( 1871-1956 )

Margaret Moffet Law

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Margaret Law was the daughter of a Presbyterian minister who was a former chaplain in the Confederate Army. Her family was a prominent one in upstate South Carolina, and Law was well-educated before she began her career as an artist and teacher. After graduating from Converse College in Spartanburg in 1895, she continued her studies at the Art Students League and later at the Pennsylvania Academy of Fine Arts. Among her teachers were William Merritt Chase, Charles Hawthorne, Robert Henri, and Andre L'Hote.

Her first job after World War I was as an art teacher at the Bryn Mawr School in Baltimore. While living in Maryland, Law’s style became more expressive and spontaneous. Most of her work began on-site with a palette knife. These studies were then refined in the studio into finished prints or paintings. Though clearly devoted to the themes of American Scene painting, Law incorporated modernism into her work through her repetition of forms, simplified composition, and vibrant color.

A painting done in 1917, The Draftee, shows a black family waving goodbye to a son on his way to World War I.  Interest in real-life situations is common among students of Ashcan School founder Robert Henri. This interest is reflected in the titles of Law’s works, most of which were created long before the American Scene idealization of the worker during the 1930s and 1940s. Among these works, all exhibited with the Independents from 1917 to 1931, are Feeding Chickens, Gossip, Hoeing Cotton, The Roadmakers, Belzora Churns, Picking Time, and September Cotton.

In 1936 Law returned to South Carolina where she taught school and was eventually named art supervisor for the Spartanburg School District. Together with her colleague Josephine Sibley Couper, Law was instrumental in establishing the Spartanburg Arts and Crafts Club, now the Spartanburg Arts Center. Remembered by friends and family as a person of "boundless enthusiasm," Law frequently did what were considered outrageous things for a lady of her upbringing. During her seventies, she learned to tap dance, and she drove across Mexico alone. It is said that she would paint on anything available, including the cardboard from shirt packages.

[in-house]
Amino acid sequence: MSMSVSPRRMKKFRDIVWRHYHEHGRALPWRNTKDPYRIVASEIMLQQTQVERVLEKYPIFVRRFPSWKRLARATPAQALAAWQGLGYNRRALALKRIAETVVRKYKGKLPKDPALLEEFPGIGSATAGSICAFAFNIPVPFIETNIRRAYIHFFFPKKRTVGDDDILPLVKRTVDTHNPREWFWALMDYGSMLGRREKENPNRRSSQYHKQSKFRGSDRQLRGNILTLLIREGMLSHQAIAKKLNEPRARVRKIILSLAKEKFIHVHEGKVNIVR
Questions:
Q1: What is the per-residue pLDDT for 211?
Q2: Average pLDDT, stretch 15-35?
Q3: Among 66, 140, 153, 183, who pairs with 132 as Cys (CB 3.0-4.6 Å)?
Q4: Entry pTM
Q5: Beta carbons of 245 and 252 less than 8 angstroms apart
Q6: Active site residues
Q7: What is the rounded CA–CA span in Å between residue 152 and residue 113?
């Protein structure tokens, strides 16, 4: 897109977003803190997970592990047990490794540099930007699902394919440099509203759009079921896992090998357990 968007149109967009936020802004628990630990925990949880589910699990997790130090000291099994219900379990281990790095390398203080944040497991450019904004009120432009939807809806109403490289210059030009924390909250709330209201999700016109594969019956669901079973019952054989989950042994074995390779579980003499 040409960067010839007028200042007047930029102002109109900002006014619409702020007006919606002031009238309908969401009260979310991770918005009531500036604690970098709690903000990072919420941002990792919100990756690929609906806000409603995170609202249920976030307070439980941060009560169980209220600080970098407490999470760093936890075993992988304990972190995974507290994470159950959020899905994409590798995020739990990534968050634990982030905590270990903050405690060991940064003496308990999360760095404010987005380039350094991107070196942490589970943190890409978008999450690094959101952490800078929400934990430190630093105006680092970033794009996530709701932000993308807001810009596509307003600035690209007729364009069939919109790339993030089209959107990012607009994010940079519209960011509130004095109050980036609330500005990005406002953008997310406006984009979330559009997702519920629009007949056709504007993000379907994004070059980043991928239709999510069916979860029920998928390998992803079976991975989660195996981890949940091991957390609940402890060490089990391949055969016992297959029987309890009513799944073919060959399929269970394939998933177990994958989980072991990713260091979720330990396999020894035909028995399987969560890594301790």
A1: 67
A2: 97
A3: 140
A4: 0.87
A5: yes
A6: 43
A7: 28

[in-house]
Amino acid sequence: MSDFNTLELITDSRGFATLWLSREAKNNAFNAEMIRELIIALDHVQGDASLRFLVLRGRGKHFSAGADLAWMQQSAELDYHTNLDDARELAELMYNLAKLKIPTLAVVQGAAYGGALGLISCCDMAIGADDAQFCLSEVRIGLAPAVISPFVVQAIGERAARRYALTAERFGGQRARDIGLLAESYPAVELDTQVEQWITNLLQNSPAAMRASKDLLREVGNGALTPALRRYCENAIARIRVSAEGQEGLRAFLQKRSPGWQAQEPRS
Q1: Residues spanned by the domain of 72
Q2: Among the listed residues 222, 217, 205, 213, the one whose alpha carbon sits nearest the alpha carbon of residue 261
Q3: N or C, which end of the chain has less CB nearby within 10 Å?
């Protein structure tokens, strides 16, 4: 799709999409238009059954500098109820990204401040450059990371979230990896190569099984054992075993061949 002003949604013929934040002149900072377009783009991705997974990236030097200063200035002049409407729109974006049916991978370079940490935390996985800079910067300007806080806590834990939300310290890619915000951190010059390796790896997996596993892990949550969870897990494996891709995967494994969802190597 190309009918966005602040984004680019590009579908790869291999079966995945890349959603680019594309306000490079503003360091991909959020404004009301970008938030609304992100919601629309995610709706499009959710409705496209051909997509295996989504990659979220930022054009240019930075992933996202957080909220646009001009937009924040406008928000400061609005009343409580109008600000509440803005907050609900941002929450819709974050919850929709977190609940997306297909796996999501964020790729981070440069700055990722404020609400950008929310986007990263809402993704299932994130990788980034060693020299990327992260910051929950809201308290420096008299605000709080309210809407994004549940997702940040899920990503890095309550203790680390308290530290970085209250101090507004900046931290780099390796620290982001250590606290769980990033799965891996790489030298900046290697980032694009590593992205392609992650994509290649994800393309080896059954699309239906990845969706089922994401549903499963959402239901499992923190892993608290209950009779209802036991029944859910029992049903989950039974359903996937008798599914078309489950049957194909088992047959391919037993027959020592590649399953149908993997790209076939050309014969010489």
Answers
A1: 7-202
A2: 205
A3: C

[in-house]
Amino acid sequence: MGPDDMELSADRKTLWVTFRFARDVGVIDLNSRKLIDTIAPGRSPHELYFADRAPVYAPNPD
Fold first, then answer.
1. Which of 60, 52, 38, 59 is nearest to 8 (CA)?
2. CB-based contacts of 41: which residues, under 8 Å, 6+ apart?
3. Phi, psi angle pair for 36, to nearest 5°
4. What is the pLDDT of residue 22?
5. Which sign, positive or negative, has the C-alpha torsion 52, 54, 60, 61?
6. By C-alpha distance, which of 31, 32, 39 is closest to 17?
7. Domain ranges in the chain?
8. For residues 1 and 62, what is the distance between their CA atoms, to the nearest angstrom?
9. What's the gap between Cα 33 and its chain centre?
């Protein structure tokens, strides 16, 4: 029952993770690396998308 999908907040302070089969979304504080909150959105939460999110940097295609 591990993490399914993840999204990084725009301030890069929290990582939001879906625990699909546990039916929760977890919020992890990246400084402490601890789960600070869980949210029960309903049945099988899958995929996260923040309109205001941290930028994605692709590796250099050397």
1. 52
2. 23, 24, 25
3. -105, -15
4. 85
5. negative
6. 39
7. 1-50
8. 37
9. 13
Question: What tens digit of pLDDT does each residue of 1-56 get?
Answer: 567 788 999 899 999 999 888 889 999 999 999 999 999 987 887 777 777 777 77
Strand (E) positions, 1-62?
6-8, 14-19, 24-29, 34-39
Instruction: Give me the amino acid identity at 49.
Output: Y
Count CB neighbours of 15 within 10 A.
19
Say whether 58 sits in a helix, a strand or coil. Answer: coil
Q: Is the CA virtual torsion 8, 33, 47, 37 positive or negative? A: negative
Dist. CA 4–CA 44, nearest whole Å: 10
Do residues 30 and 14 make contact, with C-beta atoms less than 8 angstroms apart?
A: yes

In addition to works in the Arts Center, the Historical Association and the Regional Museum in Spartanburg, Law is represented in the collections of the Baltimore Museum of Art; the Philadelphia Print Club; the Mint Museum, Charlotte, North Carolina; and The Phillips Collection, Washington, D.C.

Taken from: Worksong, The Greenville County Museum of Art, 1990.

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This essay is copyrighted by Robert M. Hicklin Jr., Inc. and may not be reproduced or transmitted without written permission.

1451 River Road · Yemassee, SC 29945 · 843.412.8738
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